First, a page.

“Any producer that had worked on that film, that witnessed the alleged safety violations leading up to this, will no doubt have to hold a certain amount of accountability,” Knox said. “There is no way that all six companies are responsible because some of those are just production companies in name. In today’s world, producer credits get handed out like Tic Tacs, and that’s what’s happened here.”
It’s not the first time questions about safety have been raised related to movies to which Cheney and Smith were attached.
In Georgia this year, first camera assistant Lisa Long raised safety concerns while filming the action thriller “One Way,” starring Machine Gun Kelly, Long said.
Long was bothered by what she saw as first assistant director Dave Halls’ disregard for safety protocols and reported his behavior to two producers and an IATSE Local 600 union representative, she said.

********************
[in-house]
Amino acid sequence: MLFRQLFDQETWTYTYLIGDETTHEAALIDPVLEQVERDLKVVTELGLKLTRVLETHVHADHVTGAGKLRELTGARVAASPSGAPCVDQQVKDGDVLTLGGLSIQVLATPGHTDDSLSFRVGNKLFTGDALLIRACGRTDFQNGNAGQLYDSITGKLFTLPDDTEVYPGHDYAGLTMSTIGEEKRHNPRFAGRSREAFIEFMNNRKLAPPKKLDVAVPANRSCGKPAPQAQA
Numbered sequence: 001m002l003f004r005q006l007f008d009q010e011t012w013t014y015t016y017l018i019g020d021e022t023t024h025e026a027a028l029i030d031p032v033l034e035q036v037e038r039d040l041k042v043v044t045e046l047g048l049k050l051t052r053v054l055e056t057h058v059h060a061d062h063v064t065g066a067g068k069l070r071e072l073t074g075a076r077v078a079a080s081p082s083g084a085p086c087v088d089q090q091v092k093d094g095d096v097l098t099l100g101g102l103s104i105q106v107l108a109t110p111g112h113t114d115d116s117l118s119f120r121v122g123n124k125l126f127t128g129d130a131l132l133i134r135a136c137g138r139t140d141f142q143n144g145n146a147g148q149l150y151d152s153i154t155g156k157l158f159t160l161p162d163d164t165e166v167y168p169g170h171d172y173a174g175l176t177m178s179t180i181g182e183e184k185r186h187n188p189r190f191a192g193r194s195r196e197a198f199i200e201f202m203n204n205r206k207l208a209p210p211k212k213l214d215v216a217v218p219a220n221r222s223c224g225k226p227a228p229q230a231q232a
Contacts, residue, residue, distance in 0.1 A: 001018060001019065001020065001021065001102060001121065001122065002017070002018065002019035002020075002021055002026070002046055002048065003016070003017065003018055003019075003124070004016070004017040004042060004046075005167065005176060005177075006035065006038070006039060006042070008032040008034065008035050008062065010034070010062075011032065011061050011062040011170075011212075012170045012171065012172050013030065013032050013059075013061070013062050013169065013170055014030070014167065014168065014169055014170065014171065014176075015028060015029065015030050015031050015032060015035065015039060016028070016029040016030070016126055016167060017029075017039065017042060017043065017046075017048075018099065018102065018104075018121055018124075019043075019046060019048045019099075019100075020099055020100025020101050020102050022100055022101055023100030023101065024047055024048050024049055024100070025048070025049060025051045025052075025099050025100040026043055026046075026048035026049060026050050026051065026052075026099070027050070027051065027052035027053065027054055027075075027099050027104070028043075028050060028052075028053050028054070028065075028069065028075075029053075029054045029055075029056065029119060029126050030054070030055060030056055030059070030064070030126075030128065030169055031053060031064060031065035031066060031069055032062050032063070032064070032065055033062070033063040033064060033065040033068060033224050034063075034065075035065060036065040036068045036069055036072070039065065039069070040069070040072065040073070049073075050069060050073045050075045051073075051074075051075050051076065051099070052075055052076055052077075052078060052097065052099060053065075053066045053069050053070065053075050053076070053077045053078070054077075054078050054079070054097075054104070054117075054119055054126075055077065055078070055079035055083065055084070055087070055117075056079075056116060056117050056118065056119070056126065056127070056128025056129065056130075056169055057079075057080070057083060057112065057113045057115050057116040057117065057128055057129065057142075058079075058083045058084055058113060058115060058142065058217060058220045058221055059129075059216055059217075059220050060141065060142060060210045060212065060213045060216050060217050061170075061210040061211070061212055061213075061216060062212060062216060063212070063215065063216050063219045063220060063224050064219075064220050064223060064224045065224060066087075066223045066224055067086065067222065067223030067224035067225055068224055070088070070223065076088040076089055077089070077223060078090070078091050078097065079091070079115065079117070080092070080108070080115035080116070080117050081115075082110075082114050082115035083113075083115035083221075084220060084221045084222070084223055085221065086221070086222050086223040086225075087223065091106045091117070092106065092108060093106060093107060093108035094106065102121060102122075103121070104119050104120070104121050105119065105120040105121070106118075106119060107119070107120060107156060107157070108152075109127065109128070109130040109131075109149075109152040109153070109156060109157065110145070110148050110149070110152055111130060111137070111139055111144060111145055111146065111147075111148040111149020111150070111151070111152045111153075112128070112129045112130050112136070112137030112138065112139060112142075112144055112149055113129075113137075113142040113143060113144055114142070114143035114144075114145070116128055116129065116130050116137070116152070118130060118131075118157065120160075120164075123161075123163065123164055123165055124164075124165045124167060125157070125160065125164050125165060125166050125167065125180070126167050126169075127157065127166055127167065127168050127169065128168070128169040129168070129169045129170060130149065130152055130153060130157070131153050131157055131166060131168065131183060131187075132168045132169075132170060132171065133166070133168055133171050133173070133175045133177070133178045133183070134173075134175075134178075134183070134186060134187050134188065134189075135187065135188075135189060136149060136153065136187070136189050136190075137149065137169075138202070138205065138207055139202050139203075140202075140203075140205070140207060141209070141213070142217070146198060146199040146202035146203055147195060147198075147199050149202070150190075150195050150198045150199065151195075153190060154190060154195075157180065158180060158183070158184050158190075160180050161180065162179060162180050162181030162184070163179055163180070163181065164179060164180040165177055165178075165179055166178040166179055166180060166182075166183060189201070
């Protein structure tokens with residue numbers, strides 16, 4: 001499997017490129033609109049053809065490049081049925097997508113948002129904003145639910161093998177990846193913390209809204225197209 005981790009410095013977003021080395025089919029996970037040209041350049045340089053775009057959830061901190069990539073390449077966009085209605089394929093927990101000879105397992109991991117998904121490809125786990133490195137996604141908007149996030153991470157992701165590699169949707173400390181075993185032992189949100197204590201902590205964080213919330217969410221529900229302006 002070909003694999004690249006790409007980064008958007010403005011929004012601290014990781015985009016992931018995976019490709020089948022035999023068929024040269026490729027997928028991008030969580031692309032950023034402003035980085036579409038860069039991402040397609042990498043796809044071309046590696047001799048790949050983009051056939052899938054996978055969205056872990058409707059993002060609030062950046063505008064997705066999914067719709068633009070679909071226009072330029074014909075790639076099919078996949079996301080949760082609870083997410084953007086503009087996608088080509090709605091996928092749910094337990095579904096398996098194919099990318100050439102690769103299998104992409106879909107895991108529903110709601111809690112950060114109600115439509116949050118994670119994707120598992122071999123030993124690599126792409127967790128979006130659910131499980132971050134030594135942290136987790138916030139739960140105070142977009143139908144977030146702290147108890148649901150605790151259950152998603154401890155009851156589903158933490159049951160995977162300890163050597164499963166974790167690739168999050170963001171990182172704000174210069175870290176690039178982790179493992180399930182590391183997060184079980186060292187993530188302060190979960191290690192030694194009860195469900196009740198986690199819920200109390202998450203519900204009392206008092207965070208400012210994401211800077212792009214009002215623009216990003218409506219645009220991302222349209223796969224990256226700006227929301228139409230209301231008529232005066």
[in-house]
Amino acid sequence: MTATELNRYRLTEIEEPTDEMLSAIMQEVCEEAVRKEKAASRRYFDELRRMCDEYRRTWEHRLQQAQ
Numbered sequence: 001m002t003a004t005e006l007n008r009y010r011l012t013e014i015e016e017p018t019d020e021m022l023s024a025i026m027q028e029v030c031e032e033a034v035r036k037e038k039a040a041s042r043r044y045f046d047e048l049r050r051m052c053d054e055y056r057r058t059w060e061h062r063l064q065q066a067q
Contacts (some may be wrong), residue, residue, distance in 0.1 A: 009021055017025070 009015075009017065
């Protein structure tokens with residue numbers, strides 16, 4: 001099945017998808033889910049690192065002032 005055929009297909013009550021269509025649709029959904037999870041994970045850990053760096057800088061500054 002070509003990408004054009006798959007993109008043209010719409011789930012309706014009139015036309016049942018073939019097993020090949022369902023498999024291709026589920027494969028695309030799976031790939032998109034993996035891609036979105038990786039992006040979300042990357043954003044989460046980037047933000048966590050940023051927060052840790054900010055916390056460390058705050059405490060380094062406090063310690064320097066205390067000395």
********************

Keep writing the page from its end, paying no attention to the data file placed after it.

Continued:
It’s not clear if whether Cheney and Smith were made aware of the alleged safety issues at the time.
Halls was also a first assistant director on “Rust.”
Court records show Baldwin was handed the gun by Halls, who picked up one of three weapons that had been prepared by Hannah Gutierrez Reed, the set’s armorer.
According to an affidavit filed by the Santa Fe County Sheriff’s Office on Wednesday, Halls believed that the lead bullet that fatally wounded Hutchins on Oct. 21 was supposed to be a dummy round. Halls told investigators that he did not check all the rounds in the gun before it was handed to Baldwin, a major breach of safety standards.
On “One Way,” Halls did not hold a safety meeting before shooting a dangerous scene involving a Russian Arm — a crane-like piece of equipment that is attached to a high-speed vehicle during filming, Long said. The highway had not been cleared of outside traffic when filming began, she said.